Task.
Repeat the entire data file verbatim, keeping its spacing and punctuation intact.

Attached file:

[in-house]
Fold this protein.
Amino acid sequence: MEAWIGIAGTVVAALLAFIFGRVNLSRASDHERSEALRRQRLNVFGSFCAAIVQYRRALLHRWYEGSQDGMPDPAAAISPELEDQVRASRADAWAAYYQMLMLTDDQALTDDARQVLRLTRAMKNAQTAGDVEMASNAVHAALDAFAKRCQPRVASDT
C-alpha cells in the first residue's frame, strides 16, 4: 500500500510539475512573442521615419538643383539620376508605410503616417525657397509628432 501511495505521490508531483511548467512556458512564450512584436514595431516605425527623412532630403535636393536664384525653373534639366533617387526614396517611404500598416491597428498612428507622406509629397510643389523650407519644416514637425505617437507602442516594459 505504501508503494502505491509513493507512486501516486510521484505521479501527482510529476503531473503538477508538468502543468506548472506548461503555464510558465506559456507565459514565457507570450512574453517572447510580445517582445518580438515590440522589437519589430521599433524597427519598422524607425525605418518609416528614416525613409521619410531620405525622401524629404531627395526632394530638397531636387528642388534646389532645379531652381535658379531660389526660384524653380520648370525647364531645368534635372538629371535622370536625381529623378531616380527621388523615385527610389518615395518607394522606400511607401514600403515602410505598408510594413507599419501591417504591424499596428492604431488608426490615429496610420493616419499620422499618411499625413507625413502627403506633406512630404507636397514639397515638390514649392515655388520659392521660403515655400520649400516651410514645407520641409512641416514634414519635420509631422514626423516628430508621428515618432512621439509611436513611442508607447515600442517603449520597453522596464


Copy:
[in-house]
Fold this protein.
Amino acid sequence: MEAWIGIAGTVVAALLAFIFGRVNLSRASDHERSEALRRQRLNVFGSFCAAIVQYRRALLHRWYEGSQDGMPDPAAAISPELEDQVRASRADAWAAYYQMLMLTDDQALTDDARQVLRLTRAMKNAQTAGDVEMASNAVHAALDAFAKRCQPRVASDT
C-alpha cells in the first residue's frame, strides 16, 4: 500500500510539475512573442521615419538643383539620376508605410503616417525657397509628432 501511495505521490508531483511548467512556458512564450512584436514595431516605425527623412532630403535636393536664384525653373534639366533617387526614396517611404500598416491597428498612428507622406509629397510643389523650407519644416514637425505617437507602442516594459 505504501508503494502505491509513493507512486501516486510521484505521479501527482510529476503531473503538477508538468502543468506548472506548461503555464510558465506559456507565459514565457507570450512574453517572447510580445517582445518580438515590440522589437519589430521599433524597427519598422524607425525605418518609416528614416525613409521619410531620405525622401524629404531627395526632394530638397531636387528642388534646389532645379531652381535658379531660389526660384524653380520648370525647364531645368534635372538629371535622370536625381529623378531616380527621388523615385527610389518615395518607394522606400511607401514600403515602410505598408510594413507599419501591417504591424499596428492604431488608426490615429496610420493616419499620422499618411499625413507625413502627403506633406512630404507636397514639397515638390514649392515655388520659392521660403515655400520649400516651410514645407520641409512641416514634414519635420509631422514626423516628430508621428515618432512621439509611436513611442508607447515600442517603449520597453522596464